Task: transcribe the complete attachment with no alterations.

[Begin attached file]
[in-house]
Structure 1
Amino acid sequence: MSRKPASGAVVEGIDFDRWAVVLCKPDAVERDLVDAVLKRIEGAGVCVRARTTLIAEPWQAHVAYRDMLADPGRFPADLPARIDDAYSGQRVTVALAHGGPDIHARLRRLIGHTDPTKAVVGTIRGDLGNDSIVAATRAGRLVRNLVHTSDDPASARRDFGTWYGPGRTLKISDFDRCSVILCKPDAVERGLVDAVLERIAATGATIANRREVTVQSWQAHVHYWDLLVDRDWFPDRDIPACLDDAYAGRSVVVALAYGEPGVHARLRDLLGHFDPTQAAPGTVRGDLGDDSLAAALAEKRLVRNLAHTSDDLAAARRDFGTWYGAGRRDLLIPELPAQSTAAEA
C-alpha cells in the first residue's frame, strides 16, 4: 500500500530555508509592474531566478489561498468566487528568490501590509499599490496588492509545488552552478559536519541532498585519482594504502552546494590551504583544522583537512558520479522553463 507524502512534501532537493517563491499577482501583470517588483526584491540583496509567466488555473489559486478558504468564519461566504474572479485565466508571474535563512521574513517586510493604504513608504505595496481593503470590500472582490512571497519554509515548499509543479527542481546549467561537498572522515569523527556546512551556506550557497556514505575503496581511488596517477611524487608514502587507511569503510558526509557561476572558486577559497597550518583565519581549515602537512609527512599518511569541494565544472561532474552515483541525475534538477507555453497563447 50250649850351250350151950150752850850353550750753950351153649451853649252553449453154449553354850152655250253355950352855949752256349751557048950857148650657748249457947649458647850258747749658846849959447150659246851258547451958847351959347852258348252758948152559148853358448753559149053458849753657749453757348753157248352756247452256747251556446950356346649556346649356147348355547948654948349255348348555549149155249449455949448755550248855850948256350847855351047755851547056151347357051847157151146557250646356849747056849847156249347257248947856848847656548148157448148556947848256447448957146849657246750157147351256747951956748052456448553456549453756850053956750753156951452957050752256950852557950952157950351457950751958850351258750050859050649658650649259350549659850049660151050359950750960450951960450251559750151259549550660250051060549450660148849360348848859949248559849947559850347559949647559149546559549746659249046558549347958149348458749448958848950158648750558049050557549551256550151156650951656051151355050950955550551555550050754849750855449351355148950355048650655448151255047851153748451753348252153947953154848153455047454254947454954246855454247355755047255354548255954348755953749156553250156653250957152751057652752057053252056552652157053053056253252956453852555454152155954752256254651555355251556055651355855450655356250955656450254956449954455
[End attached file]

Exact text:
[in-house]
Structure 1
Amino acid sequence: MSRKPASGAVVEGIDFDRWAVVLCKPDAVERDLVDAVLKRIEGAGVCVRARTTLIAEPWQAHVAYRDMLADPGRFPADLPARIDDAYSGQRVTVALAHGGPDIHARLRRLIGHTDPTKAVVGTIRGDLGNDSIVAATRAGRLVRNLVHTSDDPASARRDFGTWYGPGRTLKISDFDRCSVILCKPDAVERGLVDAVLERIAATGATIANRREVTVQSWQAHVHYWDLLVDRDWFPDRDIPACLDDAYAGRSVVVALAYGEPGVHARLRDLLGHFDPTQAAPGTVRGDLGDDSLAAALAEKRLVRNLAHTSDDLAAARRDFGTWYGAGRRDLLIPELPAQSTAAEA
C-alpha cells in the first residue's frame, strides 16, 4: 500500500530555508509592474531566478489561498468566487528568490501590509499599490496588492509545488552552478559536519541532498585519482594504502552546494590551504583544522583537512558520479522553463 507524502512534501532537493517563491499577482501583470517588483526584491540583496509567466488555473489559486478558504468564519461566504474572479485565466508571474535563512521574513517586510493604504513608504505595496481593503470590500472582490512571497519554509515548499509543479527542481546549467561537498572522515569523527556546512551556506550557497556514505575503496581511488596517477611524487608514502587507511569503510558526509557561476572558486577559497597550518583565519581549515602537512609527512599518511569541494565544472561532474552515483541525475534538477507555453497563447 50250649850351250350151950150752850850353550750753950351153649451853649252553449453154449553354850152655250253355950352855949752256349751557048950857148650657748249457947649458647850258747749658846849959447150659246851258547451958847351959347852258348252758948152559148853358448753559149053458849753657749453757348753157248352756247452256747251556446950356346649556346649356147348355547948654948349255348348555549149155249449455949448755550248855850948256350847855351047755851547056151347357051847157151146557250646356849747056849847156249347257248947856848847656548148157448148556947848256447448957146849657246750157147351256747951956748052456448553456549453756850053956750753156951452957050752256950852557950952157950351457950751958850351258750050859050649658650649259350549659850049660151050359950750960450951960450251559750151259549550660250051060549450660148849360348848859949248559849947559850347559949647559149546559549746659249046558549347958149348458749448958848950158648750558049050557549551256550151156650951656051151355050950955550551555550050754849750855449351355148950355048650655448151255047851153748451753348252153947953154848153455047454254947454954246855454247355755047255354548255954348755953749156553250156653250957152751057652752057053252056552652157053053056253252956453852555454152155954752256254651555355251556055651355855450655356250955656450254956449954455